At the critical time when King Leonidas of Sparta needed to dispatch his army, Sparta was celebrating a religious festival that prohibited warriors from leaving to do battle (Sacks 246). King Leonidas decided leave immediately with 300 members of his royal guard. He only took men who were in their thirties and who had sons to carry on their family’s name (Baker 63). The rest of the army was supposed to follow at the next full moon, when the festival was over. On the way to Thermopylae, other men who were eager to defend Greece joined Leonidas. By the time the Greek army arrived at Thermopylae, its numbers had swelled to between 7,000 and 10,000 men (Powell 27).

At that time, the pass at Thermopylae was only about 55 feet wide at its narrowest point. The Aegean Sea bordered one side, and sheer cliffs bordered the other. Normal fighting tactics were impossible. The Greeks set up camp and then waited for orders from Leonidas. They combed their long hair and did gymnastic exercises to pass the time while they waited to fight. When Xerxes’ spies told him what the Greeks were doing, he laughed. He didn’t know that those were customary ways for Greeks to prepare for battle. Xerxes waited for four days, expecting the Greeks to retreat when they realized how many warriors they were up against. On the fourth day, Xerxes attacked (Baker 63).

Though Xerxes had a huge army, in that small space he could only use a fraction of his men at a time. Xerxes sent group after group of Persian warriors into the pass. The Greeks, who had better armor and longer spears (Sacks 246), slaughtered each group of fighters. Even Xerxes’ elite legion of Immortals (so called because there was always an Immortal to replace any Immortal that fell in battle) failed to overpower the Greeks (Baker 64). This continued for two days. Two of Xerxes’ brothers were killed (Sacks 246).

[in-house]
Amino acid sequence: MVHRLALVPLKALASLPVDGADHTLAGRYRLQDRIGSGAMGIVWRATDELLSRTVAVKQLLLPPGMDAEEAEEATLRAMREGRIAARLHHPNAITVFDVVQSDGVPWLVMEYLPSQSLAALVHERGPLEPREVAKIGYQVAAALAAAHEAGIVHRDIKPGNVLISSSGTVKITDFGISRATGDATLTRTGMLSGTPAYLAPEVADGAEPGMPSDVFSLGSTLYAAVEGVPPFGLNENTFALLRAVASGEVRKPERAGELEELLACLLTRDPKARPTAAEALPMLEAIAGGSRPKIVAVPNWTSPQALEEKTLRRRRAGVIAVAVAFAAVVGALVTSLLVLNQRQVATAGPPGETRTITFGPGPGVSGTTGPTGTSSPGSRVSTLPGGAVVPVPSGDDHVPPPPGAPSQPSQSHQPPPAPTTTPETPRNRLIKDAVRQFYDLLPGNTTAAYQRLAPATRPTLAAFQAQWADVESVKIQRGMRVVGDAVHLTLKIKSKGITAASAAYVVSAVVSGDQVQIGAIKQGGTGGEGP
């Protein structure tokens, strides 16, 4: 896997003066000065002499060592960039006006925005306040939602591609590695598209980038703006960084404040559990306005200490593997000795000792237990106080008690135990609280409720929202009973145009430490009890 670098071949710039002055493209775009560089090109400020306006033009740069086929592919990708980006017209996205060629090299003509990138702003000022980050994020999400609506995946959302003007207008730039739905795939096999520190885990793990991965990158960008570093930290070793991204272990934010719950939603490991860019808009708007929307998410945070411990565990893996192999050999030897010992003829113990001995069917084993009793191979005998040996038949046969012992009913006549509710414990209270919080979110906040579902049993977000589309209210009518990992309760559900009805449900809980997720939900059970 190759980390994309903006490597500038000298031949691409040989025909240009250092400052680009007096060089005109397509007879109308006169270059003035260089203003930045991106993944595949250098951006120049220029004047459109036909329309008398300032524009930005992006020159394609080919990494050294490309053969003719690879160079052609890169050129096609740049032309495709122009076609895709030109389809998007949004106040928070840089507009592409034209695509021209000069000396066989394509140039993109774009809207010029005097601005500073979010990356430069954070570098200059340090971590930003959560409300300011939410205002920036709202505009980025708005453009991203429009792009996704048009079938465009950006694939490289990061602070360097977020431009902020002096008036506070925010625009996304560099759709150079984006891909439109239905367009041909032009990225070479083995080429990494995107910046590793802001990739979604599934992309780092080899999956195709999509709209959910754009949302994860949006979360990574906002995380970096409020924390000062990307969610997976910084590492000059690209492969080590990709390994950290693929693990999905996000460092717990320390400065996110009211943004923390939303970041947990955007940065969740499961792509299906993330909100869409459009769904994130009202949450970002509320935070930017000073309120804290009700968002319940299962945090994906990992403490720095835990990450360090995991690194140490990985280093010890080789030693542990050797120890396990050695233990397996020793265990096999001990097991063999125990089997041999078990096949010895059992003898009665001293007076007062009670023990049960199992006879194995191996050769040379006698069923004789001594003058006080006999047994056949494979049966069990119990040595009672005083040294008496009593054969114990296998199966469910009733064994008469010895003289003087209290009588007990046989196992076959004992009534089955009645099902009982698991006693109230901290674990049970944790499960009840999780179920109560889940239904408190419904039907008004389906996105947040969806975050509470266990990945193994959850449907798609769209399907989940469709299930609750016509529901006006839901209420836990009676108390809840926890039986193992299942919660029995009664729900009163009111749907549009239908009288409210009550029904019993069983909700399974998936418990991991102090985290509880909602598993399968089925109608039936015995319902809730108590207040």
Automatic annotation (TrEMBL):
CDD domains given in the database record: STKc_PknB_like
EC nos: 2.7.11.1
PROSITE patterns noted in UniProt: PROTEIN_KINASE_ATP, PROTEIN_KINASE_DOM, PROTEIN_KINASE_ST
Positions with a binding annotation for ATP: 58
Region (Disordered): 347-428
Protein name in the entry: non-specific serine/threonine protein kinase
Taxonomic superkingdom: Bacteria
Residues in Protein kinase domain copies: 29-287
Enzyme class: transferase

Xerxes realized that his tactics weren’t working, and he called his men back to their tents. Leonidas and his men were overjoyed. If they could hold out until the festival was over and their reinforcements came, they could win. But that night a Greek traitor named Ephialtes crept into the Persian camp and revealed a little-known path used by goatherds that led into the mountain and down behind the Greek camp. The local Phocian army had been instructed to guard this path in case the Persians found it. Ephialtes led the commander of the Immortals up the path.

The Phocians raced to tell Leonidas that he and his men were surrounded (Pomeroy et al 195). When Leonides heard the bad news, he dismissed the men who had joined him along the way to Thermopylae. Possibly he wanted to save as many men as possible for later battles while still delaying the Persians. Only the Thebans, the Thespians, and his three hundred Spartans remained. According to 5th century BC historian Herodotus, the Thebans were forced to stay (Baker 65).

The battle began at midmorning. The Persian troops, being whipped by their commanders, attacked from both ends of the pass. Many of them drowned in the sea or were trampled underfoot. The 1,400 Greeks fought until their spears and swords broke, then fought with their hands and teeth. Leonidas died early in the battle, and the Greeks defended his body fiercely. According to Herodotus, the Persians attempted to capture his corpse four times before they were successful. The battle did not end until every Greek solider was dead (Baker 65). At Xerxes’ command, Leonidas’ body was beheaded and displayed on a cross (Pomeroy et al 195).